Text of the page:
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On Thursday, the U.S. Food and Drug Administration will review an emergency use authorization application from Pfizer regarding its COVID-19 vaccine. If approved, the pharmaceutical company could begin distributing doses as early as next week, with an initial allotment of 13,650 slated for the Austin area.


Long-term care facility residents and staff, front-line healthcare workers and first responders are first in line to receive the vaccine in Austin. Industry representatives welcomed the news but told Austonia that challenges remain, including convincing vaccine skeptics.

At highest risk

Long-term care facilities will be among the first to administer the vaccine, according to the Centers for Disease Control and Prevention and state distribution guidelines.

In Travis County, staff and residents at long-term care facilities account for more than 42% of the 495 COVID-19 deaths reported as of Monday.

"This is such a vulnerable population that it's important that we target them first," said Kevin Warren, president and CEO of the Texas Health Care Association, which represents long-term care facility staff.

But there are still logistical challenges to work through.

The federal government announced in October that it had partnered with CVS and Walgreens to distribute COVID vaccines to long-term care facility residents. Many Texas facilities have registered to be a part of this program, Warren said, which will likely involve drug stores setting up inside individual facilities to help get vaccines in arms.

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This will likely account for many of the Austin area's initial vaccine allotment as there are 139 long-term care facilities registered in Travis County, with a total of 8,419 residents, according to Texas Health and Human Services.

Another challenge will be convincing skeptical residents and staff who may be unsure of the vaccine.

Patty Ducayet has served as the state's long-term care ombudsman—an independent resident advocacy role—for 15 years. Based on conversations she has had with residents' family members, there is "diversity of opinion" regarding a vaccine.

Some want their loved ones to be first in line to receive the vaccine, given their disproportionate risk of death from the disease.

"(But) there's another side of that coin, which is people being skeptical of this vaccine," she said. "I think we have a bit of a battle ahead of us."

Although the state is still developing its guidance on the topic, Ducayet expects that the vaccine will remain optional for long-term care facility residents, similar to the current flu vaccine protocol. But she hopes residents will opt in.

"I see this as such an important tool for us to move forward and out of this crisis period with very limited visitation and other kinds of restraints on residents' rights," she said.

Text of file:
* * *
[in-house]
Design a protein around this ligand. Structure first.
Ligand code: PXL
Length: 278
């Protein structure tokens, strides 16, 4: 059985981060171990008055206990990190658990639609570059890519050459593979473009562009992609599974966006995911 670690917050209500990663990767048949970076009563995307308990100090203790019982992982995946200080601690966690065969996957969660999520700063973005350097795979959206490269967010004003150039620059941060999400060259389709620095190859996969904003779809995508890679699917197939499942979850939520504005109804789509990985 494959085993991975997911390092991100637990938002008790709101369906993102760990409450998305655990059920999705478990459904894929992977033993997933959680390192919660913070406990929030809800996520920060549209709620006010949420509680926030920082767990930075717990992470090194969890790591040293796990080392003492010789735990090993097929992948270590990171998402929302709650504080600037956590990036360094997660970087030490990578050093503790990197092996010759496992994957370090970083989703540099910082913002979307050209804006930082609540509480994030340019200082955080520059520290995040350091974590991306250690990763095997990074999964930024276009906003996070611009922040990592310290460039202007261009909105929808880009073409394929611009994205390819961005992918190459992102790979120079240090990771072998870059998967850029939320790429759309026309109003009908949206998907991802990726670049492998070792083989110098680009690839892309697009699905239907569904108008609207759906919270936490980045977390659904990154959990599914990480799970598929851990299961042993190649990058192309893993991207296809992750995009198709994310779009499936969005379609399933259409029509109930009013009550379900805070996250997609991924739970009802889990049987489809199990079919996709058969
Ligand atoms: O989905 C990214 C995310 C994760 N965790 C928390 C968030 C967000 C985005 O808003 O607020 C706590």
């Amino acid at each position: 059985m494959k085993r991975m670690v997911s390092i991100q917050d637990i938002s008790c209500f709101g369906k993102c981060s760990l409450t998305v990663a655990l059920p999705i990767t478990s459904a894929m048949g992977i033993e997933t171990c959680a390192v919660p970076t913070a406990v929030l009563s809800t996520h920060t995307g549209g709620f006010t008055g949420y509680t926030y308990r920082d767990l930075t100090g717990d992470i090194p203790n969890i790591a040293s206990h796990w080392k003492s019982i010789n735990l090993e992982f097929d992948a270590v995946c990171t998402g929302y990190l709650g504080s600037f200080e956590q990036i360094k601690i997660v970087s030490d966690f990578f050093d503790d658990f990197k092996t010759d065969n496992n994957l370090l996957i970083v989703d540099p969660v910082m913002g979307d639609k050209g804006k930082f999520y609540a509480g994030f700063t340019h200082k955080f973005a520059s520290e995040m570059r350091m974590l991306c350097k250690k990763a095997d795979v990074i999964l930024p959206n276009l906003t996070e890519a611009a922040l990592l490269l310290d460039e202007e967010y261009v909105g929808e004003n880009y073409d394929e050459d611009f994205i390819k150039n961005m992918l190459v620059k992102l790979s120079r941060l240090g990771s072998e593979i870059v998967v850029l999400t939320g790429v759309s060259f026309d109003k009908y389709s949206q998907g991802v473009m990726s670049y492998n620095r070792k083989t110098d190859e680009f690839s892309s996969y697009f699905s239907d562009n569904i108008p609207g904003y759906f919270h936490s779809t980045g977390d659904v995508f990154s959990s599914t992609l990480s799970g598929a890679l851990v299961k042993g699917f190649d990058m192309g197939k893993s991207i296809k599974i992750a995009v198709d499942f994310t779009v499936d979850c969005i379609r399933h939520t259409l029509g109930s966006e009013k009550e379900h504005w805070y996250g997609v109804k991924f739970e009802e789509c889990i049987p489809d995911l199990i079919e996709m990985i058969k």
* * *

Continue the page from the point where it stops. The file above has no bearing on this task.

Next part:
On the front lines

Outside of nursing homes and other long-term care facilities, front-line healthcare workers and first responders will be the first to receive a COVID vaccine.

This is welcome news to a beleaguered workforce.

"Our medics are definitely very, very exhausted," Austin EMS Association President Selena Xie said.

In addition to facing exposure to COVID at work, where they wear multiple layers of personal protective equipment, and worrying about the risk of spreading the virus to their loved ones, Austin medics have also faced staffing issues.

Any time a member of the 500-person force is experiencing COVID symptoms, they are asked to self-quarantine, Xie said. As a result, the department is in emergency staffing mode, which essentially means it is understaffed. This, combined with the other pressures of the job, has led to some medics needing time off for mental health reasons, further straining staffing levels.

So the news of an imminent vaccine has been welcomed. "It definitely takes weight off of our shoulders," she said.

The Austin EMS Association is "anxiously awaiting" more information about how the initial vaccine allotment will be administered, Xie added. "We absolutely want to receive it as soon as possible."

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Nurses at hospitals and in other front-line positions feel similarly.

"The level of burnout is pretty high," said Serena Bumpus, director of practice for the Texas Nurses Association.

Although many nurses are ready to be vaccinated, some are skeptical.

As a result, TNA is working to provide educational materials so that those members can make informed decisions based on science. "We're hopeful that the majority will receive the vaccine," Bumpus said.

The educational materials TNA develops may also prove helpful down the line, as the vaccine becomes more widely available to the general public. The optics of front-line healthcare workers choosing to be vaccinated may also prove encouraging.

"If we trust the vaccine, then others will trust it as well," she said.

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